I was unprepared for the headlines and felt sad that the editor chose to highlight a point that none of us made. In no way do I feel belittled by working mothers, in fact many are my close friends who I have great respect for and they support me in what I am doing at MAHM.
There were a few inaccuracies reported in what I said. I was in my early twenties when I left working. This was before I had children and my husband and I made an idealistic decision for one of us to be at home to in some way give back to our community which we saw as deserted during the day and as I knew I wanted to be at home to look after our children when we had them I chose to do this. I never assumed I would go back to work.
I did point out the British Attitude Survey to say that there was a trend showing a shift in young people’s opinion. There was an increase in young people who thought that a job was alright but it was more valuable to be able to care for their own children.
The challenge for us at MAHM is how to get our message across. We are a campaigning organisation. We do wish to change government policy so that our tax system is more family friendly and so that the value of raising children is recognised. In my first few years joining the committee I met with Rt Hon Oliver Letwin and challenged him about the unfairness of the child benefit changes. His reply was that nobody cared. We did not have the support behind us – politics was about numbers and having popular support behind us. The question is how do we do this and we do need to engage with the public?
It is an open question and I am inviting you as members and supporters to help us. We do need to spend time honing a message that is true but engages with the media. Most of the time they are uninterested.
Finally I would like to apologise to my friend Jenny who I asked if she would like to participate. It was her first exposure to the media and I feel she should have been better protected.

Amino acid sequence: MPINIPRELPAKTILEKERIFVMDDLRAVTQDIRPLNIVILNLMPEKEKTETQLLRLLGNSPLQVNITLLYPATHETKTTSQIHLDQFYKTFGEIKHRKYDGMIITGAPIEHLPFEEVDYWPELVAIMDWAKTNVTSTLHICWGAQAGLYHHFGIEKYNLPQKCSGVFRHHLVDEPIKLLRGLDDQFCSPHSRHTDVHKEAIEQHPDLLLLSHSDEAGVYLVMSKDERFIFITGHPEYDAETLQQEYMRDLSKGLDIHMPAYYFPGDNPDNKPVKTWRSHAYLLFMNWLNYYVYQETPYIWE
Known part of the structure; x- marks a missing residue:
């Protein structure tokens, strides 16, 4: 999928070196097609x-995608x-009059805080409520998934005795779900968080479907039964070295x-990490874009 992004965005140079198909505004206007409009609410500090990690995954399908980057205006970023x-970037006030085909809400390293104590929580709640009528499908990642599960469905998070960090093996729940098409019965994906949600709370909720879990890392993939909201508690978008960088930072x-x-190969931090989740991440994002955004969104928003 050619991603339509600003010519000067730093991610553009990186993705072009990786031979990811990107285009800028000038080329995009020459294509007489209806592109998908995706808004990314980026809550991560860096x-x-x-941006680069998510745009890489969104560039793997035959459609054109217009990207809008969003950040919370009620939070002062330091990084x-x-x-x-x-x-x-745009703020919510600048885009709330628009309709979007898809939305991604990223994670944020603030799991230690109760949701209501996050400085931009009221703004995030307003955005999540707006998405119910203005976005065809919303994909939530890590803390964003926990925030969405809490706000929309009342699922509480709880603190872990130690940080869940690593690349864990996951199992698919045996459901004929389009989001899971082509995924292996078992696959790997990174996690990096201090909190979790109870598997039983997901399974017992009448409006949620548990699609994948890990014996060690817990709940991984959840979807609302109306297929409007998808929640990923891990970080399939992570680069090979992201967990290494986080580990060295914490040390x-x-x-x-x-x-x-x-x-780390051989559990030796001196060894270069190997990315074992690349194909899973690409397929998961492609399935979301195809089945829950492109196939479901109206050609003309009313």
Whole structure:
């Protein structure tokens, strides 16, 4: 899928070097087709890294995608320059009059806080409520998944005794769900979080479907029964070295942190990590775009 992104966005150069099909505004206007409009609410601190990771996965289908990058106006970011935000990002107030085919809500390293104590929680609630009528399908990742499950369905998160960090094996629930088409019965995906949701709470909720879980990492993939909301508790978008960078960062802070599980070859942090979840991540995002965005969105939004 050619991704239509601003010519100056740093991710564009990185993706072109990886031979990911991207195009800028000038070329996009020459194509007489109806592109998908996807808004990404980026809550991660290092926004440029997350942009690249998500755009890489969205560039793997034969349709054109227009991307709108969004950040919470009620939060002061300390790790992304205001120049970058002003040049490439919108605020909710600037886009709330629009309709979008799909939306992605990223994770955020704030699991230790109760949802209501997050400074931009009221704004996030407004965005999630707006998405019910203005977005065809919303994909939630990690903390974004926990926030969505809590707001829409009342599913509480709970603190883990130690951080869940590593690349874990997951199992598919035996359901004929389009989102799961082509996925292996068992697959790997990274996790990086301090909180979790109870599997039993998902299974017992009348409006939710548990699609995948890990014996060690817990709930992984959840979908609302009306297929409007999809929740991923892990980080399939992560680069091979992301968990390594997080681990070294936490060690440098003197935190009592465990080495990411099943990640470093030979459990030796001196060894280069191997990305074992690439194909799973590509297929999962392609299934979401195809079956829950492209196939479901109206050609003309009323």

“I was disappointed and a little shocked to read the piece in The Mail. During my telephone interviews, the journalist Cristina Odone seemed to be sympathetic to the main points I expressed: That mothers are being forced to go back to work for cultural and economic reasons, despite their children’s need for them; and that what is required is a fairer system that makes it possible for mothers to choose to look after their own children at home, if they would prefer to do so.
Unfortunately, The Mail chose to spin this into a battle between working mothers and mothers at home and there were a few instances in the article where the questions that were put to me have been turned into my own opinions – inaccurately. For example, when I was directly asked about this so-called ‘battle’, my response was that in my case I hadn’t really been exposed to much overt negativity – and that if tensions did exist, they were largely ‘unspoken’ – that for the most part my working mum friends and my mum-at-home friends respect each other’s choices – even if they are sometimes a little perplexed by them – and rarely voice any disapproval.
I was asked a question that I ridiculed at interview – about whether I was ever worried that my husband might find me ‘boring and limited’ because I was looking after our children rather than out at work. In the first place I found it saddening that this might actually be a mum’s concern – it certainly wasn’t mine, because life is so busy and eventful that it’s impossible for this to be the case, and because my husband is behind me all the way in the choice we have made together. But what shocked me most was that The Mail put their own question into the mouths of my antenatal group. This group of highly supportive mum friends certainly never asked me that question, nor did they ever imply or suggest it. They have all gone back to work; I was the only one in the group who stayed at home with the children. My only reason for mentioning them was to illustrate my experience of the way it has become socially and culturally the norm to return to work after maternity leave.
There are some instances where I have been accurately quoted in the article. I do feel that children’s needs are being sacrificed for the sake of short-sighted economics and that the effects of this will become clear in time. For this reason, I do regard myself as progressive rather than old fashioned. However, I am not waging any kind of war with working mums – only at the system which drives some into that position against their instincts. I applaud those ‘busy mummies’ who make it to the school playground and manage somehow to look after their families both financially and emotionally.
Click here to read the Daily Mail Article: